What are the potential costs to New Zealand taxpayers of a policy that favours one material over others, regardless of how it performs across cost-efficiency, durability, sustainability and other measures?
Wood-first and wellbeing – By Nick Collins
The purpose of public policy is to improve lives now and into the future, and Treasury’s newly released discussion papers on human, social and natural capital set us up to do that, measuring progress across prosperity, sustainability and inclusiveness.
The metals-related industry certainly supports broader economic assessment that includes consideration of these ‘capitals’. On that basis, we should all support the NZ government’s policy to plant one billion trees, which will create much-needed jobs in our regions, increase New Zealand’s (depleted) carbon sink, reduce soil erosion and improve our water quality. This is good public policy that has potential to deliver on long-term collective wellbeing.
However, Labour’s pro-wood government procurement policy raises several questions as to how it might enhance our human, social, natural and financial/physical capital to improve lives now and in the future.
The policy stipulates that “all government-funded project proposals for new buildings up to four storeys high shall require a build-in-wood option at the initial concept/request-for-proposals stage (with indicative sketches and price estimates)”.
Consideration needs to be given to the potential major cost consequences of imposing this on the construction sector at a time when it is already constrained and facing unaffordable costs – and how that might also jeopardise the government’s goal to deliver 100,000 affordable homes.
Further, what are the potential costs to New Zealand taxpayers of a policy that favours one material over others, regardless of how it performs across cost-efficiency, durability, sustainability and other measures?
The right materials for the job
New Zealand’s technical expertise of structural engineers, architects and quantity surveyors are the best people to determine the right building materials for the job, based on the desired performance and commercial outcomes.
Wood does have its advantages, and certainly new laminated timber technology is emerging as a force in the construction sector with ‘ply scrapers’ increasingly appearing on the world stage. But it’s not a panacea for our regional economies and housing needs.
It may also struggle to score well in terms of Treasury’s human, social, natural and physical/financial capitals. In human capital terms, whilst the forestry industry is working hard to address safety issues, it has the highest number of deaths per 100,000 employees of any sector: 37.2 compared with 16.3 for agriculture and 1.9 for construction.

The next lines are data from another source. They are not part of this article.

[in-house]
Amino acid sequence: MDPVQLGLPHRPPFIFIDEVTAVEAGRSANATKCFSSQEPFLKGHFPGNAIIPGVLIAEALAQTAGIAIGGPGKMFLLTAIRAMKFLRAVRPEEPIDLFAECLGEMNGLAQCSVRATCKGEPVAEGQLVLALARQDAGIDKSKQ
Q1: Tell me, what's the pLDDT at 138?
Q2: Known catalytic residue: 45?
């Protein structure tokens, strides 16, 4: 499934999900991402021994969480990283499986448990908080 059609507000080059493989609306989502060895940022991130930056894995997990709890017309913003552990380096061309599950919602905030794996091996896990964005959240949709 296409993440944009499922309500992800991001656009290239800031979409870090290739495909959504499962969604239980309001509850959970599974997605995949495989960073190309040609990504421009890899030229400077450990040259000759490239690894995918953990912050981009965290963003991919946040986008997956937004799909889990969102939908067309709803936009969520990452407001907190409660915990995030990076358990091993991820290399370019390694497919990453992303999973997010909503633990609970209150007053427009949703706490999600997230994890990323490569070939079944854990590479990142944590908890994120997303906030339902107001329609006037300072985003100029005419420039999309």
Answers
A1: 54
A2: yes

Nor does it perform well in natural terms, based on Statistics New Zealand’s new environment report, developed in response to Treasury’s plan to include natural capital plans in its next investment statement. The report shows primary industries – defined as forestry, agriculture, fishing and mining – contribute nearly two-thirds of the country’s greenhouse gases, but account for less than 8% of economic production.
Further, with timber in short supply due to record export of raw logs, an uptick in demand for wooden housing could see the construction sector have to import timber, moving jobs and value offshore at the expense of regional growth.
We need to work together as a sector to address these constraints and encourage investment, not be at loggerheads and favouring one material over others. We also need to work together to advance our construction technologies to ensure the best and most sustainable solution for New Zealand.
Historically, our multi-storeyed buildings have been constructed from steel and concrete. Post-quake Christchurch construction above three storeys is almost entirely structural steel.
Now, we are seeing glimmers of change – without regulation. In Wellington, Robert Jones Investments has the first 12-storey, 52 m high office block being built in Wellington from laminated timber – which incidentally has a structural concrete core.
New Zealand multi-storeyed timber construction above four floors is leading-edge technology – though cost comparisons with traditional fabricated steel and concrete are unknown. Likewise, we don’t know the environmental, emissions, engineering and other credentials of using wood versus materials such as steel and concrete.
That said, New Zealand’s highest-rated green apartment building, ‘Daisy’ in Auckland, which has a NZ Green Building Council 9 Homestar rating, features a combination of steel-reinforced concrete piles and ground beams as well as solid and masonry concrete.
And globally, metals manufacturing has enabled new, innovative processes and businesses that are effective at lowering greenhouse gas emissions to be nurtured and thrive – for example, Lanzatech’s pioneering technology which converts steel-making emissions into ethanol, in the process reducing steel emissions from steel making.
No single solution
A pro-wood procurement policy neglects the skills, innovation and benefits to local economies and wider wellbeing of value-add in these other industries.
Ultimately, we need an industry-wide response, underpinned by research-based analysis, ensuring we can work together with the government on the best way forward.
Timber isn’t the single solution to more sustainable, affordable and durable buildings. We do not want this policy to be just a veneer for the wood industry that covers over the real challenges facing building and construction in New Zealand.
Nick Collins is the CEO of Metals New Zealand (Metals NZ), the pan-industry sector organisation serving the needs of New Zealand’s metals-related industry